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  1. #1
    Join Date
    Nov 2009
    Posts
    24

    Question Unanswered: 2 database related questions here..

    Hello

    Dont want to spam with too many posts so just posting my 2 questions as an one topic.

    1) what is the best way to file paths? For example..
    "C:/Users/Admin/...../..../...

    Don't know what is the maximum size i should give to my data-type. The database i'm using doesn't have a TEXT datatype like MYSQL does so i probably need to use a VARCHAR with a size.

    2) When comparing CHAR against VARCHAR with '=' sometimes it doesn't work, it says i need a cast.. But when i use the 'LIKE' operator - it works.. Why is that?

  2. #2
    Join Date
    Nov 2003
    Posts
    2,935
    Provided Answers: 12
    Quote Originally Posted by Theresonly1 View Post
    Don't know what is the maximum size i should give to my data-type.
    Well that should be the max. size of a path in whatever operating system you want the path to be valid. In Windows there is a limit that can probably be found out by searching the Microsoft website. For any *nix system this depends on the file system used.

    2) When comparing CHAR against VARCHAR with '=' sometimes it doesn't work, it says i need a cast.. But when i use the 'LIKE' operator - it works.. Why is that?
    The CHAR datatype stores values padded with blanks so a CHAR(10) is always 10 characters long. If you store 'HELLO' into such a column, the DBMS will add 5 spaces to the end of the value.
    Those spaces will be taken into account when comparing values ('HELLO' is different from 'HELLO ')

    My recommendation: don't use CHAR unless you really know that the length of your data is fixed

    The database i'm using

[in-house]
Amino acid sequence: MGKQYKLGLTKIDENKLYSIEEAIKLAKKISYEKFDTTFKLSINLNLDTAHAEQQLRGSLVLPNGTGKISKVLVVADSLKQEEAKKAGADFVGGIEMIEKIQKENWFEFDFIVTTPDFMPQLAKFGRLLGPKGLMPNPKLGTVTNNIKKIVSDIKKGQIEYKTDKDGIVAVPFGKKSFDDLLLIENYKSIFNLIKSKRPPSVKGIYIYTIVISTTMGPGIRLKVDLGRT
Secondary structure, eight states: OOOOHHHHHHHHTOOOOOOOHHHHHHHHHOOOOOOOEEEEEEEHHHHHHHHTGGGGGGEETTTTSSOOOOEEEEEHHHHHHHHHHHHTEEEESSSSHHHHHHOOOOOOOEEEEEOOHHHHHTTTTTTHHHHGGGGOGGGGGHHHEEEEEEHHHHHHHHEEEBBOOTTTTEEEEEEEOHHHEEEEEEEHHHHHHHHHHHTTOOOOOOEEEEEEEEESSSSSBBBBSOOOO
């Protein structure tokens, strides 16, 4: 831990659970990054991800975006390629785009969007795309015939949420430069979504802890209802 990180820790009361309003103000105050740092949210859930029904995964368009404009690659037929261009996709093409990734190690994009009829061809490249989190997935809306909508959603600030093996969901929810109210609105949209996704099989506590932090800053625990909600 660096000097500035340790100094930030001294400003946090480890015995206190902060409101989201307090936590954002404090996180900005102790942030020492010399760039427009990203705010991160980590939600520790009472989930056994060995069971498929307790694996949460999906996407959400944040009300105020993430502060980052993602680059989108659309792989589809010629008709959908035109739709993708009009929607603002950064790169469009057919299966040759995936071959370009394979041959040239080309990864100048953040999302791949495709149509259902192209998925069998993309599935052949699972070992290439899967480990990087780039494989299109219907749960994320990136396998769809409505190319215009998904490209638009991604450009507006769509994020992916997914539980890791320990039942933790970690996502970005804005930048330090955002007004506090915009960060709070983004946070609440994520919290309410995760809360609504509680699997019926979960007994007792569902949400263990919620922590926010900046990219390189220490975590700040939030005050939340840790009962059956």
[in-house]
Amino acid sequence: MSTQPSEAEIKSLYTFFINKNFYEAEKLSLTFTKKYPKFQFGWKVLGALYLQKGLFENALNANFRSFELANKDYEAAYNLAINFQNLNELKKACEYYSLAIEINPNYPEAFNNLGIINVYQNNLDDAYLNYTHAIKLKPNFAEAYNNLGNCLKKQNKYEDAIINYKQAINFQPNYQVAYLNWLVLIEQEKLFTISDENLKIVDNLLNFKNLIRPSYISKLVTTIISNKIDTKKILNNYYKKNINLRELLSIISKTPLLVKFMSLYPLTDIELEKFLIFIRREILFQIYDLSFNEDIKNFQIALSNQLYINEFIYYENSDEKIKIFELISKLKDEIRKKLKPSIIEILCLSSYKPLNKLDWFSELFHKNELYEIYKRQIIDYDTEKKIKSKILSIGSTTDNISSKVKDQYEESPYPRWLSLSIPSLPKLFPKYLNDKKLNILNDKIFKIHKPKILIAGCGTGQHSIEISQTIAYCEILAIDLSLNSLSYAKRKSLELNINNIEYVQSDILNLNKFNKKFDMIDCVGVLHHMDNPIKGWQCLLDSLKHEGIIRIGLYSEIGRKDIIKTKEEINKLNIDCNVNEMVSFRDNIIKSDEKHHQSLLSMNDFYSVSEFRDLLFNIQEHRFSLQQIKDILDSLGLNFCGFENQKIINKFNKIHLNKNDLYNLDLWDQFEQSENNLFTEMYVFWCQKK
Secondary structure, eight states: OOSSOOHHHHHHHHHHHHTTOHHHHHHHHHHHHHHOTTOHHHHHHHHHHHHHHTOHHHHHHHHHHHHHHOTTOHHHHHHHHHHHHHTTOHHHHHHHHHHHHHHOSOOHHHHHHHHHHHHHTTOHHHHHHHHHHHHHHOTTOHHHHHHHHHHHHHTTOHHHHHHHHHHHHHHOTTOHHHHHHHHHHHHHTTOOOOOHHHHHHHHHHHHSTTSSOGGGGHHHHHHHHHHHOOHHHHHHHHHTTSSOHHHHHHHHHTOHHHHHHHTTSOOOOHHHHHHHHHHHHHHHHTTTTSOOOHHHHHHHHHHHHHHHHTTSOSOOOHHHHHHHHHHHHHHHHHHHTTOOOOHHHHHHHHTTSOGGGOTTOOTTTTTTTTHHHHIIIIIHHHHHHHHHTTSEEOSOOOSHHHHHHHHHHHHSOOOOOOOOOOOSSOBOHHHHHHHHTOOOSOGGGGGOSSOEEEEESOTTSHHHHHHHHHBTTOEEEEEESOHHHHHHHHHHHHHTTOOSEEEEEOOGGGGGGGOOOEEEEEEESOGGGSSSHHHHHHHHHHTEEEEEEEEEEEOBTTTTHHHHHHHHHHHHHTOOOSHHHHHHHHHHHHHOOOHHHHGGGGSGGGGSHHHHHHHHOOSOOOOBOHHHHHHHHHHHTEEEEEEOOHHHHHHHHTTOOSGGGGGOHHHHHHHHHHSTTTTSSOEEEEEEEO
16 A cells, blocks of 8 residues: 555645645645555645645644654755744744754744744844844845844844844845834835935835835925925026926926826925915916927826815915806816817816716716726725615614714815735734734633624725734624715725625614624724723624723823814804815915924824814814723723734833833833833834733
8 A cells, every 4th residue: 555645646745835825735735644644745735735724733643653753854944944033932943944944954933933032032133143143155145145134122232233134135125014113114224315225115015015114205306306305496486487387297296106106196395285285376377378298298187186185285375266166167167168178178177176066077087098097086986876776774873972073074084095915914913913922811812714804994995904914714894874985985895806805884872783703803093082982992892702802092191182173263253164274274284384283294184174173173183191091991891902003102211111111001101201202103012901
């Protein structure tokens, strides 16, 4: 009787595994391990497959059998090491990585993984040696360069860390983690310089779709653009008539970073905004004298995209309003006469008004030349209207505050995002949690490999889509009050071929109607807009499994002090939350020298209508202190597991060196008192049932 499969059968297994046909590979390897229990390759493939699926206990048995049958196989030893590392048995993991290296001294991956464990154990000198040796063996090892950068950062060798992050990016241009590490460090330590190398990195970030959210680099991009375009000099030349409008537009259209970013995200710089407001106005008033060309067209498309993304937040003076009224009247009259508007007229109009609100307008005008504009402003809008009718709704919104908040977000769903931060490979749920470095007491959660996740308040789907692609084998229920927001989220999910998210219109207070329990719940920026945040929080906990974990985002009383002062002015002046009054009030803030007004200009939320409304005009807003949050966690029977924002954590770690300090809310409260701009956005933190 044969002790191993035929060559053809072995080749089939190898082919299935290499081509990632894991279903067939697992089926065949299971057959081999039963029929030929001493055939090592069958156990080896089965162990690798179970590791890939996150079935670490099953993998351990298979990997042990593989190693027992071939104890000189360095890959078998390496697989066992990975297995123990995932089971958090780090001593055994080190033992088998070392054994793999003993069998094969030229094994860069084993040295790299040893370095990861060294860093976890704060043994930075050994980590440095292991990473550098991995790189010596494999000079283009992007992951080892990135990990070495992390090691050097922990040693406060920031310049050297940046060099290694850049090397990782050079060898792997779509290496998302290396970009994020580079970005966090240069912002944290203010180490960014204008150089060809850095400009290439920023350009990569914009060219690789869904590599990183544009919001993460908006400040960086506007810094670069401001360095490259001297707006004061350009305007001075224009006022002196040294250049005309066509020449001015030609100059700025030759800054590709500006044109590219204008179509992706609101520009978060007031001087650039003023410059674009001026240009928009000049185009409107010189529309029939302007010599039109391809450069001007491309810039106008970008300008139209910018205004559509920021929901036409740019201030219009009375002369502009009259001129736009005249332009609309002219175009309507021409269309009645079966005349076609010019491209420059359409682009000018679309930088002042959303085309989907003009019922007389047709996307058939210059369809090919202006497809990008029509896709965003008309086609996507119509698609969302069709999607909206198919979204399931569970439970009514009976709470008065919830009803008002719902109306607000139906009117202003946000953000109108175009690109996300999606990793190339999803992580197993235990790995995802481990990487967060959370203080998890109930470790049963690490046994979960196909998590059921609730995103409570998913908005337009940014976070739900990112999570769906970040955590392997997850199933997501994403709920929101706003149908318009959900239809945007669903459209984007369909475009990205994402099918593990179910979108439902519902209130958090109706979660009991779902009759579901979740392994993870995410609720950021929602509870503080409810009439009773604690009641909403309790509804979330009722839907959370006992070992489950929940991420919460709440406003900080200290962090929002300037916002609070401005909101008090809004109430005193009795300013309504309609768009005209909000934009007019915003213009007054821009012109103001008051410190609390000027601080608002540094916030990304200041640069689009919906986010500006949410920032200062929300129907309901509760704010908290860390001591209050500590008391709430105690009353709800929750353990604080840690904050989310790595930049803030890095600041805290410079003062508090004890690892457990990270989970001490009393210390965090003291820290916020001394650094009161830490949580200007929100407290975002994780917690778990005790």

and why is that a secret?

  3. #3
    Join Date
    Feb 2004
    Location
    In front of the computer
    Posts
    15,579
    Provided Answers: 54
    1) That's a good way to store paths. The length of a path is limited by either the Operating System, the File System, or the Device Driver. The limits that I've seen are 32 characters to 1023 characters. Most modern systems store filenames using a large character set (such as Unicode, UTF-8, etc) and most archaic systems use single byte characters.

    Pick a length that suits you, almost any value will cause problems somewhere!

    3) As Shammat pointed out, CHAR() columns space fill on the right. CHAR() comparisons are tricky for many reasons, I would avoid them until you have the time to learn in detail how they work.

    -PatP
    In theory, theory and practice are identical. In practice, theory and practice are unrelated.

  4. #4
    Join Date
    Nov 2009
    Posts
    24

    Thumbs up

    Quote Originally Posted by shammat View Post
    and why is that a secret?
    No not a secret at all.

    I was at that point using Apache-Derby but now i have switched to SQLite.

    thanks for answers

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